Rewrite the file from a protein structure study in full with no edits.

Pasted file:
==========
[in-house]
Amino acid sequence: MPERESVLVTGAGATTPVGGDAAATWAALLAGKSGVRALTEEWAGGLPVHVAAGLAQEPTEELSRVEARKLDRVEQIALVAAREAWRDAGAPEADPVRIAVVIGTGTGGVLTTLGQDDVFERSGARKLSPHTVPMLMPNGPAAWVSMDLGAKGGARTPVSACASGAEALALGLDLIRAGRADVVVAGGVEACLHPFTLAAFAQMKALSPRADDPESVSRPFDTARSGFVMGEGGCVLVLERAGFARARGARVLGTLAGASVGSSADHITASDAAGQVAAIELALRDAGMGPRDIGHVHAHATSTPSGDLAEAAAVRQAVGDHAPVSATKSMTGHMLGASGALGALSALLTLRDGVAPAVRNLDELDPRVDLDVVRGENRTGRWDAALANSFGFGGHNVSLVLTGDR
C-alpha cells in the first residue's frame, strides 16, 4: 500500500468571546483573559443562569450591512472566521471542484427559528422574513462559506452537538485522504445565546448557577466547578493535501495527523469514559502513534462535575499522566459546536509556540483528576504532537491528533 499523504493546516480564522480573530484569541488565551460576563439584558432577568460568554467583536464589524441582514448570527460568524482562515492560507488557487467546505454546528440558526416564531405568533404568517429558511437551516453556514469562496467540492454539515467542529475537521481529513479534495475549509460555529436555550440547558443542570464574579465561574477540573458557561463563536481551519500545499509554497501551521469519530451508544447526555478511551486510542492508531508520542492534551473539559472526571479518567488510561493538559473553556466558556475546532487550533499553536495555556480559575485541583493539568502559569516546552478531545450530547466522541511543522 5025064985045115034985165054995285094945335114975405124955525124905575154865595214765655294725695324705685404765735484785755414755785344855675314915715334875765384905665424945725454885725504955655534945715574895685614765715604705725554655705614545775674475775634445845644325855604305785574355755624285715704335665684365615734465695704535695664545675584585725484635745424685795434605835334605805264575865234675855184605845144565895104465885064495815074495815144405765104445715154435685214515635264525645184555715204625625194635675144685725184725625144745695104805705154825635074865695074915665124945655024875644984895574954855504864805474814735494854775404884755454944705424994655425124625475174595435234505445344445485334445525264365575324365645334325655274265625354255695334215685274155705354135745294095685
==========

[in-house]
Amino acid sequence: MPERESVLVTGAGATTPVGGDAAATWAALLAGKSGVRALTEEWAGGLPVHVAAGLAQEPTEELSRVEARKLDRVEQIALVAAREAWRDAGAPEADPVRIAVVIGTGTGGVLTTLGQDDVFERSGARKLSPHTVPMLMPNGPAAWVSMDLGAKGGARTPVSACASGAEALALGLDLIRAGRADVVVAGGVEACLHPFTLAAFAQMKALSPRADDPESVSRPFDTARSGFVMGEGGCVLVLERAGFARARGARVLGTLAGASVGSSADHITASDAAGQVAAIELALRDAGMGPRDIGHVHAHATSTPSGDLAEAAAVRQAVGDHAPVSATKSMTGHMLGASGALGALSALLTLRDGVAPAVRNLDELDPRVDLDVVRGENRTGRWDAALANSFGFGGHNVSLVLTGDR
C-alpha cells in the first residue's frame, strides 16, 4: 500500500468571546483573559443562569450591512472566521471542484427559528422574513462559506452537538485522504445565546448557577466547578493535501495527523469514559502513534462535575499522566459546536509556540483528576504532537491528533 499523504493546516480564522480573530484569541488565551460576563439584558432577568460568554467583536464589524441582514448570527460568524482562515492560507488557487467546505454546528440558526416564531405568533404568517429558511437551516453556514469562496467540492454539515467542529475537521481529513479534495475549509460555529436555550440547558443542570464574579465561574477540573458557561463563536481551519500545499509554497501551521469519530451508544447526555478511551486510542492508531508520542492534551473539559472526571479518567488510561493538559473553556466558556475546532487550533499553536495555556480559575485541583493539568502559569516546552478531545450530547466522541511543522 5025064985045115034985165054995285094945335114975405124955525124905575154865595214765655294725695324705685404765735484785755414755785344855675314915715334875765384905665424945725454885725504955655534945715574895685614765715604705725554655705614545775674475775634445845644325855604305785574355755624285715704335665684365615734465695704535695664545675584585725484635745424685795434605835334605805264575865234675855184605845144565895104465885064495815074495815144405765104445715154435685214515635264525645184555715204625625194635675144685725184725625144745695104805705154825635074865695074915665124945655024875644984895574954855504864805474814735494854775404884755454944705424994655425124625475174595435234505445344445485334445525264365575324365645334325655274265625354255695334215685274155705354135745294095685